Master and Commander: The Far Side of the World Reviewby Mark R. Leeper (markrleeper AT yahoo DOT com)
November 17th, 2003
MASTER AND COMMANDER: THE FAR SIDE OF THE WORLD
(a film review by Mark R. Leeper)
CAPSULE: In 1805 Jack Aubrey, captain of HMS Surprise, is obsessed by the mission to capture or sink the
French ship Acheron. More so than in any previous
film we are brought aboard a fighting ship from
Britain's war against Napoleon. The story may be slow except for some really exciting action scenes, but the historical detail is probably the best for any film about the period. If you like Aubrey (or even
Hornblower) stories this film from director Peter Weir is a must. Rating: 8 (0 to 10), high +2 (-4 to +4)
MASTER AND COMMANDER: THE FAR SIDE OF THE WORLD is about life at sea and it is about little else. When the film starts you are on His Majesty's Ship Surprise, crew 197 men, and you will be there for 138 minutes getting a fascinating education of what life was like on a British fighting ship during the Napoleanic wars. There are a number of good films about shipboard life in the British Navy in the early 1800s. It seems to be a period that grabs the imagination of writers and filmmakers. There is DAMN THE DEFIANT, BILLY BUDD, and CAPTAIN HORATIO HORNBLOWER. But none of them is as intensely a survey of shipboard life as is MASTER AND COMMANDER. There is an overall plot of the Surprise's mission to capture or sink the French privateer Acheron. Acheron is bigger, faster, and has twice the number of guns of the Surprise. And the viewer will be on the Surprise until that mission is accomplished.
The year is 1805 and Captain Jack Aubrey (played by Russell Crowe), captain of the Frigate HMS Surprise is under orders to chase the French privateer Acheron. Acheron is bigger, faster, and has more than twice Surprise's guns. The Surprise is overmatched, but Aubrey is a man committed to capturing his prey. The chase is not like a Star Trek or even a Hornblower story. When the Surprise is so badly outgunned, it loses battles. At one point it is forced to flee from the enemy. The encounters with the enemy are widely separated, but in between is a fascinating education in what life is like on a ship of war in the early 19th century. Aubry does not have Hornblower's 20th century values. For example, when it seems an important object lesson, he has no aversion to ordering a flogging. (This is something Hornblower did only once, and then only because he was forced into it.) Yet Aubry seems a reasonable man who maintains a good relation with even the young midshipmen on his ship. On request over dinner he will tell of what it was like serving with Admiral Nelson. He even makes puns. But he does not allow the crew to question his Ahab-like determination to hunt and if need be lose his ship and crew stalking his powerful foe. The only man who can question him at all is his best friend, ship's surgeon Stephen Maturin (Paul Bettany).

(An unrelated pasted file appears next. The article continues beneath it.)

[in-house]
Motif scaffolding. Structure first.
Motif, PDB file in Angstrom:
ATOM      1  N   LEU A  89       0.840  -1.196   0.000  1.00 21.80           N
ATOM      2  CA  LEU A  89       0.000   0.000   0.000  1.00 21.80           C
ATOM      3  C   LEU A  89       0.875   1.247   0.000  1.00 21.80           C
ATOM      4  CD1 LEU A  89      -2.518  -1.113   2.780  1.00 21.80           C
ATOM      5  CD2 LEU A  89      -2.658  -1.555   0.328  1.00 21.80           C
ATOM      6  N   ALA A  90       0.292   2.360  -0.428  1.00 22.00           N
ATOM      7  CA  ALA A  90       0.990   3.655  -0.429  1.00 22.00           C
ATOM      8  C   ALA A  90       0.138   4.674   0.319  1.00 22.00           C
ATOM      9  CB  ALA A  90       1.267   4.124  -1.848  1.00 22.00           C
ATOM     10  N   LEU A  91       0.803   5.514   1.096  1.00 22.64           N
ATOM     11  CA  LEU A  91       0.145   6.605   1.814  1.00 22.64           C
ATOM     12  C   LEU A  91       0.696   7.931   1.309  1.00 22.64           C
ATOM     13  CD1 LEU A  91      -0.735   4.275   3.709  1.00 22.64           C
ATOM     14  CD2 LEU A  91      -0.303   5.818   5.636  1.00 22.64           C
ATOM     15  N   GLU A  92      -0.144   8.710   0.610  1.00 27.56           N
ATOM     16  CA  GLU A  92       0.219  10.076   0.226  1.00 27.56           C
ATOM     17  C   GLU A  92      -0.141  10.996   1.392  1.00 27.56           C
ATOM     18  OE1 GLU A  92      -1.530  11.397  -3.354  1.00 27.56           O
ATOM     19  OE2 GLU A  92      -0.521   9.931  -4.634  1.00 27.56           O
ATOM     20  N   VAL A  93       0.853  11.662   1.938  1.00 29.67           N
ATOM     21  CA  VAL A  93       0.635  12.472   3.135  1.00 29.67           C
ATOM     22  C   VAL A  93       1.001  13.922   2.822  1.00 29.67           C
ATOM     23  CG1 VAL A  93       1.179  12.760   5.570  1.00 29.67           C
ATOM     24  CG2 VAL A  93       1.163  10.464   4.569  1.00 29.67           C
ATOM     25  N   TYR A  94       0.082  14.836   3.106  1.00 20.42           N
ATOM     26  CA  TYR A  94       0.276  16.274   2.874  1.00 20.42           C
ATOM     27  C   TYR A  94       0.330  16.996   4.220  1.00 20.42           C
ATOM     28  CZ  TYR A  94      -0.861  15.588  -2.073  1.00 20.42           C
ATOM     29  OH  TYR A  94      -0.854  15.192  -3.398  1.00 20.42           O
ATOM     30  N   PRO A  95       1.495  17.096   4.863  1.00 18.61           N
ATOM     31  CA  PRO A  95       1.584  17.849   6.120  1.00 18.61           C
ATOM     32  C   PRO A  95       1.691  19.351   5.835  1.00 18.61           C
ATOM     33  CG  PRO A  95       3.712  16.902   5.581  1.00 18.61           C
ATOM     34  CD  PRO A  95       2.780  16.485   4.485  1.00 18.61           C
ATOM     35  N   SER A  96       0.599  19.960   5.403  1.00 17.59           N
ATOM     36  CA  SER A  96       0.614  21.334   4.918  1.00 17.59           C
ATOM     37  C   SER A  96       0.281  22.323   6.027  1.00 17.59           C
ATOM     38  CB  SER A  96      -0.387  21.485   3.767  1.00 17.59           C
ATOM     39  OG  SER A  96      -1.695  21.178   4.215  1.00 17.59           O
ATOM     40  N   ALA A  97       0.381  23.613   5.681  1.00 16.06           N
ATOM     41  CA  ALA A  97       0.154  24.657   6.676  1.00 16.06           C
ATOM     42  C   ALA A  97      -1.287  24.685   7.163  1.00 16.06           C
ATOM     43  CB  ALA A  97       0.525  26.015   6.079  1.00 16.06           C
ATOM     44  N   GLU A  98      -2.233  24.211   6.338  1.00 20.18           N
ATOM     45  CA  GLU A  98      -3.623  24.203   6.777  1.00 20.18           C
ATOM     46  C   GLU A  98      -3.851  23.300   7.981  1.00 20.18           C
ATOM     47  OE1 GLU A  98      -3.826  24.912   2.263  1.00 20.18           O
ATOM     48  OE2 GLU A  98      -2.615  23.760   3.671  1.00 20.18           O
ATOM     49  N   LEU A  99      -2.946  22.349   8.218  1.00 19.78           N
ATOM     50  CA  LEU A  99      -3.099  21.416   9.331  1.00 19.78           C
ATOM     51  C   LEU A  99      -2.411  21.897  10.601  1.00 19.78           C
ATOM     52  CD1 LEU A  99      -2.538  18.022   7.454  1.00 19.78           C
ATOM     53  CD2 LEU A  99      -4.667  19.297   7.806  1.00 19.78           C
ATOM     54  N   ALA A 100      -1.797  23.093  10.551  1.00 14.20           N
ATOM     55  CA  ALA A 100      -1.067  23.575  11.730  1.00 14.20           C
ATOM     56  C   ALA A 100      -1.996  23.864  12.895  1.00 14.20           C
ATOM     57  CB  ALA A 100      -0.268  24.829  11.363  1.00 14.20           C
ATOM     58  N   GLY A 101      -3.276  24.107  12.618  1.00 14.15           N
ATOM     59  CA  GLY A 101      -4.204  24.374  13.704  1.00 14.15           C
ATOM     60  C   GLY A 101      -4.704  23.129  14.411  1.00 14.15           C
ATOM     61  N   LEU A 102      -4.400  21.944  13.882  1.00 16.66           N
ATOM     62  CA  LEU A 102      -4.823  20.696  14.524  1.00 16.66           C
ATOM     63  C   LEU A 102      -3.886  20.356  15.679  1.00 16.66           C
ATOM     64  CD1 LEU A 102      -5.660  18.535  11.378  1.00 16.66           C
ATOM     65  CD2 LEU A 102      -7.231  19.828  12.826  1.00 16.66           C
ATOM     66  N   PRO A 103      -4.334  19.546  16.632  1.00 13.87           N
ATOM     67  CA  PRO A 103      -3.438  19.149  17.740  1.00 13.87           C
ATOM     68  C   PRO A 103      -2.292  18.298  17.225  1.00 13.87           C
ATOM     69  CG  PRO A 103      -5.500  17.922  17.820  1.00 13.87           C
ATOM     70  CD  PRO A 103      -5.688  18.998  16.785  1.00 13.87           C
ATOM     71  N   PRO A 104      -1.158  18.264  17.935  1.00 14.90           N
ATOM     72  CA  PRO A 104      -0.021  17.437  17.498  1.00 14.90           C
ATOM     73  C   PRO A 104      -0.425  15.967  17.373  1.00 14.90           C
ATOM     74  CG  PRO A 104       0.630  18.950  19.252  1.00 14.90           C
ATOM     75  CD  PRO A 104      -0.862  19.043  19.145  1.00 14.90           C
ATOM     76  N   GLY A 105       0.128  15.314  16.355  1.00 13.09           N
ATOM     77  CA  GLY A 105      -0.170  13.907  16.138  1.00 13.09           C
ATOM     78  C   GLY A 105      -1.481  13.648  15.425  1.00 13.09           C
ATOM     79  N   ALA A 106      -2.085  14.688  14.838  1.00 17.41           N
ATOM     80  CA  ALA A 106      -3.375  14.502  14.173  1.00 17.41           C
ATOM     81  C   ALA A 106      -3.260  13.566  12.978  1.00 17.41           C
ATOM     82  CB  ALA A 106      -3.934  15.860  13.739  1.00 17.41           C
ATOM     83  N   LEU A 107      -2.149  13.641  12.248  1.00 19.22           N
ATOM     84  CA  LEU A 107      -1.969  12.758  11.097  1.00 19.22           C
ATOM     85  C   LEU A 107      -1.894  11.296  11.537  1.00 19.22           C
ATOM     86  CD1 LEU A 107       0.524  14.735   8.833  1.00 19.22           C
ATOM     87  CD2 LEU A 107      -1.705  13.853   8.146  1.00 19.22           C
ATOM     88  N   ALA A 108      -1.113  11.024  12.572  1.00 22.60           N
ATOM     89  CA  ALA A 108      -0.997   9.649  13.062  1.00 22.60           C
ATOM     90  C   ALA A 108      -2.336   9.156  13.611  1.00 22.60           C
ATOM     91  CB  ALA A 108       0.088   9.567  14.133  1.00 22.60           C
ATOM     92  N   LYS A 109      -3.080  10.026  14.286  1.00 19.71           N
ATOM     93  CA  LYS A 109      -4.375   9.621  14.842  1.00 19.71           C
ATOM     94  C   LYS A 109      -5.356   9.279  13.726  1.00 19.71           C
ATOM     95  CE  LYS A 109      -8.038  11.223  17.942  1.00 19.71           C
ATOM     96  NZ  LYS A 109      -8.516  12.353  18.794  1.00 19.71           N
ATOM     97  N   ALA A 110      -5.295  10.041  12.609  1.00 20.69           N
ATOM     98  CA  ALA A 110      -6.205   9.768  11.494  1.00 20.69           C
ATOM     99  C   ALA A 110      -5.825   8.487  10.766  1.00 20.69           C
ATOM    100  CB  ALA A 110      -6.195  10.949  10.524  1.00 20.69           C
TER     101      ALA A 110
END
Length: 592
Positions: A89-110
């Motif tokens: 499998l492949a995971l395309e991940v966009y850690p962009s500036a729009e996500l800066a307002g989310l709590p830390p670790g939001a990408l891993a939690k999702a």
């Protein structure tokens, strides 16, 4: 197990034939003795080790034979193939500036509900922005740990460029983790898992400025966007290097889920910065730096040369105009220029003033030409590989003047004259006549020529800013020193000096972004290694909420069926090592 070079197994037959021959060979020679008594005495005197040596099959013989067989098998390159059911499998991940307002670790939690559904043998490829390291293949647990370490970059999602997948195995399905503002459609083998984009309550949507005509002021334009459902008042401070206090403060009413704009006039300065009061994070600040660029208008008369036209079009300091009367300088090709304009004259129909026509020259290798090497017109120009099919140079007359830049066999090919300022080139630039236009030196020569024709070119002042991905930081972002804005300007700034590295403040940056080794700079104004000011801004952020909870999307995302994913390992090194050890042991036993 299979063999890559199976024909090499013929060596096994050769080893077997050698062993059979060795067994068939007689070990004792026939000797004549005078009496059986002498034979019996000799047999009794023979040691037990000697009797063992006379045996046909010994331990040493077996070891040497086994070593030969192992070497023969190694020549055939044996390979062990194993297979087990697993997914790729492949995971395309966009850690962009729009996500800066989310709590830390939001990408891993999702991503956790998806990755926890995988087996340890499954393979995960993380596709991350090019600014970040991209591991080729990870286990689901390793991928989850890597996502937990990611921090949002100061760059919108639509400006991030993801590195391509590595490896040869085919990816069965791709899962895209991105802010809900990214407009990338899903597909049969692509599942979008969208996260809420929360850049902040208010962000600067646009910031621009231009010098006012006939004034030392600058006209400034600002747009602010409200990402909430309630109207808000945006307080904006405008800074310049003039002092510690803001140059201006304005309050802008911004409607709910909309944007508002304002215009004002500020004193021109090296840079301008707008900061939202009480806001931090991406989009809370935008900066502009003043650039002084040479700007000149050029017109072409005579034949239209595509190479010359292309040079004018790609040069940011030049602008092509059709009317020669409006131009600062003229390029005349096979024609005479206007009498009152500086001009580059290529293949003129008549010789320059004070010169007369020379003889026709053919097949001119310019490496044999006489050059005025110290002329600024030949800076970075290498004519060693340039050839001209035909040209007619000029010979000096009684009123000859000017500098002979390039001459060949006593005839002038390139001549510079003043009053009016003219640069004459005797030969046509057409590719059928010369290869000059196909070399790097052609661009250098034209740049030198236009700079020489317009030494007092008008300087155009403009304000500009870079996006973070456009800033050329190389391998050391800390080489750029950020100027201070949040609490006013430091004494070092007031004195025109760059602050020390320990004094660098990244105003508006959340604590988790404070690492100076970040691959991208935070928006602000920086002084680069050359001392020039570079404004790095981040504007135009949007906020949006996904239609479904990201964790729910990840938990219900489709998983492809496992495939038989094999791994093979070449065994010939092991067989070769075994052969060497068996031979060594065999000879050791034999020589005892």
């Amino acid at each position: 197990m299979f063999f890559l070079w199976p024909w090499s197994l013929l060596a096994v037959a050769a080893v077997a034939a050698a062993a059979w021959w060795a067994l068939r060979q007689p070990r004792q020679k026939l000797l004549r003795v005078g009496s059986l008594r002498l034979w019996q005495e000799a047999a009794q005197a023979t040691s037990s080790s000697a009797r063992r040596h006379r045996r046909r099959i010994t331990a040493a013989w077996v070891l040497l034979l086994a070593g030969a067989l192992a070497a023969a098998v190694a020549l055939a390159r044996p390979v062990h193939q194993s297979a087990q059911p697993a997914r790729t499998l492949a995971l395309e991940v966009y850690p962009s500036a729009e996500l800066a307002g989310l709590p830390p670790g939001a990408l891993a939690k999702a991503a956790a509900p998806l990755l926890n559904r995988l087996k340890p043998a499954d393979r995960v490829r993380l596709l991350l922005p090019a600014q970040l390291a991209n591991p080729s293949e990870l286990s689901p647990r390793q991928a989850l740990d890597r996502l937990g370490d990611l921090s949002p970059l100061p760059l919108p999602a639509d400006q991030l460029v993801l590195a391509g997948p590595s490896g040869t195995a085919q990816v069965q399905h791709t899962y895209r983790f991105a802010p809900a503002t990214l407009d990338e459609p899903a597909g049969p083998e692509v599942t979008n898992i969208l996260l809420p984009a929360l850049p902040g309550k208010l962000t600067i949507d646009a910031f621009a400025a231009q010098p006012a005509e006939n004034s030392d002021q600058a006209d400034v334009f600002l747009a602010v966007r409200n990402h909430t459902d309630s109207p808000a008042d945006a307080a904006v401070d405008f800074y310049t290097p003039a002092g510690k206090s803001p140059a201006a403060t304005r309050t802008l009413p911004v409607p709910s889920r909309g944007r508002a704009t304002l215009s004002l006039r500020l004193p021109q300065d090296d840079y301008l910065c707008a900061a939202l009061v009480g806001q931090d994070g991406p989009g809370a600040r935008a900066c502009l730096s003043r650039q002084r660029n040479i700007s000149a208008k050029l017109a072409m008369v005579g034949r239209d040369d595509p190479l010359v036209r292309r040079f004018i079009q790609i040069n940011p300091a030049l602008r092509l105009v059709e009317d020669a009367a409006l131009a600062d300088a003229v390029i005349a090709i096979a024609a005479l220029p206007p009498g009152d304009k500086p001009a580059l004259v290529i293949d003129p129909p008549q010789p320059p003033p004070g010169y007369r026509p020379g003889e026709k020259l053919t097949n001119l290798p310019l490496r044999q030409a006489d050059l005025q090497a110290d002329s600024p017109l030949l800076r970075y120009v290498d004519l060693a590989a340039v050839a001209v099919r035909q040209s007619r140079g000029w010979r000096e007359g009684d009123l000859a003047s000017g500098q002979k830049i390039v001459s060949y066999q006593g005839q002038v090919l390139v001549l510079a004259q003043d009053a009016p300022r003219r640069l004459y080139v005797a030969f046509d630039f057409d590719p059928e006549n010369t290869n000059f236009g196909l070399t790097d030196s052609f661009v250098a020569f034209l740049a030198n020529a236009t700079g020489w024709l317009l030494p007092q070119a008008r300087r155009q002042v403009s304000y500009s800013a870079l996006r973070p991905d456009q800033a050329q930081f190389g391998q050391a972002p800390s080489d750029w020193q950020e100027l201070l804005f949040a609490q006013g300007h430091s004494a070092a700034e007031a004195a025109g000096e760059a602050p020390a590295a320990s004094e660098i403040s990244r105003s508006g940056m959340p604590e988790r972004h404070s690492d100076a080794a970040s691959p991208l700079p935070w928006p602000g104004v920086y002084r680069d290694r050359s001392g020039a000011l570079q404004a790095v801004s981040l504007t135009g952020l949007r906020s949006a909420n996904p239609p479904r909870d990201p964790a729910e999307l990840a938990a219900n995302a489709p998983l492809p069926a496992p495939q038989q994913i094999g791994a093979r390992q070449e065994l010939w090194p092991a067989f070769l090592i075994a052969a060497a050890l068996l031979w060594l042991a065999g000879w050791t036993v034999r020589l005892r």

The real star of the film is the HMS Surprise (played by the HMS Rose floating in a tank at Baja, Mexico). As we see it is almost a floating city. As Aubrey tells his crew, "This ship is our home; this ship is England." We see a wide variety of aspects of shipboard life: the maintaining of the ship, the preparing food, the painfully primitive medical procedures, the battle station responsibilities, the action in a storm, and the crew's crowded life in the darkness below decks. The film is almost without women except for one quick sequence when the ship stops for supplies. We get to know the ship well. The enemy ship is implacable and kept impersonal, seen only from a distance, for most of the film. Curiously Crowe, who usually seems a bit rigid in his roles, seems less stiff than naval commanders usually are portrayed on film. Laughton as Bligh and Peck as Hornblower seem to have backbones of steel rods. Crowe's body language is much more flexible and informal. And while at times he is dedicated to his duty, he seems a little too willing to reinterpret those orders to help his friend. Much more than in other films we are told the commander's philosophy of battle.
While many of the action scenes are enhanced greatly by CGI, great care was taken to keep the digital effect undetectable. I am usually bothered by digital effects and in this film I never consciously noticed them in spite of their extensive use. The battle scenes are realistic and exciting, but blood seems to be kept to a minimum.
MASTER AND COMMANDER: THE FAR SIDE OF THE WORLD is a big film. It is produced by 20th Century Fox, Miramax, and Universal, and bears all three banners. I rate it an 8 on the 0 to 10 scale and a high +2 on the -4 to +4 scale. (Oh, that piece of classical music that they use so liberally after battle scenes is Ralph Vaughan Williams's "Fantasia on a Theme by Talis," long a favorite of mine.)
Mark R. Leeper
Copyright 2003 Mark R. Leeper
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